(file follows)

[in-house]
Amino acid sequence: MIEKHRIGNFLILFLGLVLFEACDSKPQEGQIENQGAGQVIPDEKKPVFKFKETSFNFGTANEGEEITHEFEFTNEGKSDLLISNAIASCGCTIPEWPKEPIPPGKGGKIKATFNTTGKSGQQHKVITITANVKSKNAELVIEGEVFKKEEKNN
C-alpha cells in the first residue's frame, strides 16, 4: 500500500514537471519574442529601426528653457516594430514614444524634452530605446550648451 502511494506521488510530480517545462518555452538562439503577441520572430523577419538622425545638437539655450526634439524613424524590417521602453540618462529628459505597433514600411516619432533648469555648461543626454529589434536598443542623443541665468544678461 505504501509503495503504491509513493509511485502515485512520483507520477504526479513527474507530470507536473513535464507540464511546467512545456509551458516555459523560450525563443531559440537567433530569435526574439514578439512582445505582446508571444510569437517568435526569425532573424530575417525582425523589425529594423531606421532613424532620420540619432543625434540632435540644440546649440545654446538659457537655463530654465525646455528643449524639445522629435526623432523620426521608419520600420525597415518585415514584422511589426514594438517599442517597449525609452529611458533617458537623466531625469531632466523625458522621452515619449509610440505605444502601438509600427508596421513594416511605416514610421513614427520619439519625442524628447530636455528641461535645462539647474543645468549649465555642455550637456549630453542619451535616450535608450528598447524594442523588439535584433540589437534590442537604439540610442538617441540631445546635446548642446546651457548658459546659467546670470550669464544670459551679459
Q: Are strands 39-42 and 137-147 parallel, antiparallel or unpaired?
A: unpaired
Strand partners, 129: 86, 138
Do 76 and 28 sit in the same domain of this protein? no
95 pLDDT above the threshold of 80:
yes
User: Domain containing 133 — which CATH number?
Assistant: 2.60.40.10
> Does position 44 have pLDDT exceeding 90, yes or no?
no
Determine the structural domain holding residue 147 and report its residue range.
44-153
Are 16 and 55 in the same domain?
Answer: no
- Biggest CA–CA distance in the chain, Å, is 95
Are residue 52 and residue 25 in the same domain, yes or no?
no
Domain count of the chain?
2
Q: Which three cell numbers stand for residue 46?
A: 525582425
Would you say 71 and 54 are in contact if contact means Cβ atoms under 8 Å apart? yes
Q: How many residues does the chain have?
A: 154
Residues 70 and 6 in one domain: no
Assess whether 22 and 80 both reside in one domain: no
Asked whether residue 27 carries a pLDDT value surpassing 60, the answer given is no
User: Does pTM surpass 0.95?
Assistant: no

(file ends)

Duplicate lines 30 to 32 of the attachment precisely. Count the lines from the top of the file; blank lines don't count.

Asked whether residue 27 carries a pLDDT value surpassing 60, the answer given is no
User: Does pTM surpass 0.95?
Assistant: no